Pacific rock samples offer a glimpse of an active Earth 2.5 billion years ago

Assistant Professor Rita Parai and graduate student Judy Zhang got a glimpse of Earth’s history by tracking infinitesimal levels of noble gases in volcanic rocks.

In Earth science, small details can help explain massive events. Rita Parai, assistant professor of Earth, environmental, and planetary sciences, uses precision equipment to measure trace levels of noble gases in rocks, samples that can provide key insights into planetary evolution.

Judy Zhang, left, and Rita Parai in Parai's laboratory. (Photo by Sean Garcia)

In a study published in Earth and Planetary Science Letters, Parai and graduate student Judy Zhang used measurements of noble gases from volcanic rocks from the Cook and Austral islands to show that plate tectonics have been delivering gases from the surface into deep Earth for more than 2.5 billion years. John Lassiter of the University of Texas at Austin was a co-author of the study.

Noble gases are especially helpful for deep-time investigations because they are chemically inert. Some of their isotopes were trapped in the interior 4.5 billion years ago when the Earth first formed, Zhang said. “They leave a lasting imprint on the rocks.”

In Parai’s laboratory, Zhang was able to measure multiple noble gas elements and their isotopes, including the rare element xenon. The pattern of noble gas abundances and their distinctive isotopic signatures told an important story, Zhang said.

As Zhang explained, the Cook-Austral Island rocks were delivered from deep in the planet’s mantle to the Earth's surface through volcanic eruptions. The signature noble gases in the rocks showed that deep in the past, tectonic plates were relatively cool when they underwent subduction — the process where surface rock sinks to the mantle — some 2.5 billion years ago.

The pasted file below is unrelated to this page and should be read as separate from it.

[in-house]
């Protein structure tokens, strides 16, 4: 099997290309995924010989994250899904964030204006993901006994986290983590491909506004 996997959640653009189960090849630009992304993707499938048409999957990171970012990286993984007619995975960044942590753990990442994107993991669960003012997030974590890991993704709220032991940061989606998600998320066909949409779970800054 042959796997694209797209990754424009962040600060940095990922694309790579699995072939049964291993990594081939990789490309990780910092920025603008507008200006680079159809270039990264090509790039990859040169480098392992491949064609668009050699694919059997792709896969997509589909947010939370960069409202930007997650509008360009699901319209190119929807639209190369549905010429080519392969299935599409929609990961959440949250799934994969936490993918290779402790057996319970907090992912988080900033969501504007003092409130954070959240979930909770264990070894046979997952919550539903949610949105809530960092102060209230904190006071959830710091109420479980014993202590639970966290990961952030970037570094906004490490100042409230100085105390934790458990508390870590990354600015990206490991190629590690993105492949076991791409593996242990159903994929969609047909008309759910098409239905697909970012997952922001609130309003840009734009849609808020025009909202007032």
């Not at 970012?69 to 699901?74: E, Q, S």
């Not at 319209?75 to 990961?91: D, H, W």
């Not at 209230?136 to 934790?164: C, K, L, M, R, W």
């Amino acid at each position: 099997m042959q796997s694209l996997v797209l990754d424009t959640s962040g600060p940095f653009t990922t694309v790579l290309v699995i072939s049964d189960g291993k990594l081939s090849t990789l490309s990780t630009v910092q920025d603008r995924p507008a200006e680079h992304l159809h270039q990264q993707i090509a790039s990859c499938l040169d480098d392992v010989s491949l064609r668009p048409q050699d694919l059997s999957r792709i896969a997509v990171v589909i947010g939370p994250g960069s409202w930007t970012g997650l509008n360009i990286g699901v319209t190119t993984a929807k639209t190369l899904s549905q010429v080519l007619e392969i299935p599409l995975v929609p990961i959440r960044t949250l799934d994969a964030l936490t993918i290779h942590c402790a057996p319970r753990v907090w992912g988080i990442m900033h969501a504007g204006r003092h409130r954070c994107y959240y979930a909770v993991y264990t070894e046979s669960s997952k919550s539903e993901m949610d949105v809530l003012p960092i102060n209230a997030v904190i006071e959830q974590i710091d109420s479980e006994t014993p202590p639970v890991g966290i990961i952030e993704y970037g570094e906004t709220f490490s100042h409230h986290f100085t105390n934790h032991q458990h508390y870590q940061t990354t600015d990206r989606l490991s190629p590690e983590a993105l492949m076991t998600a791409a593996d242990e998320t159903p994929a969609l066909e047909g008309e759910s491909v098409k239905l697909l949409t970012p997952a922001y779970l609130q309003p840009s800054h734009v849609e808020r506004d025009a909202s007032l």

Judy Zhang processing rock samples during a 2023 Pacific research cruise. (Photo courtesy of Judy Zhang)

Some researchers theorized that, back then, the planet might have been much hotter and much harsher than the world we know today. The presence of xenon shows subduction happened under geological conditions similar to modern times. “If the rock had been subducted at much higher temperatures, it would have lost all of its gases,” Zhang said. “This is a very exciting finding.” 

Detecting atoms of xenon isn’t like finding a needle in a haystack; it’s like finding a microscopic needle in an entire hayfield. Noble gases are already a rare feature in rock, and xenon that can trace ancient plate tectonics is exponentially more elusive. “There are only about 100,000 xenon atoms for every gram of material,” Parai said. That's about 1 out of every 10 quadrillion atoms.

The researchers had to extract gas from large amounts of the mineral olivine in these rocks to get the faintest signal. “It’s like we’re figuring out how to squeeze blood from a stone,” Parai said.

Last December, Zhang collected more rock samples from the ocean floor during a 28-day research cruise in the South Pacific led by Doug Wiens, the Robert S. Brookings Distinguished Professor. Analysis of the rocks in Parai’s lab should offer even more insights into the Earth’s deep past. “We’re pushing the boundaries of analysis to look back billions of years,” Zhang said.

(Header image by Sean Garcia.)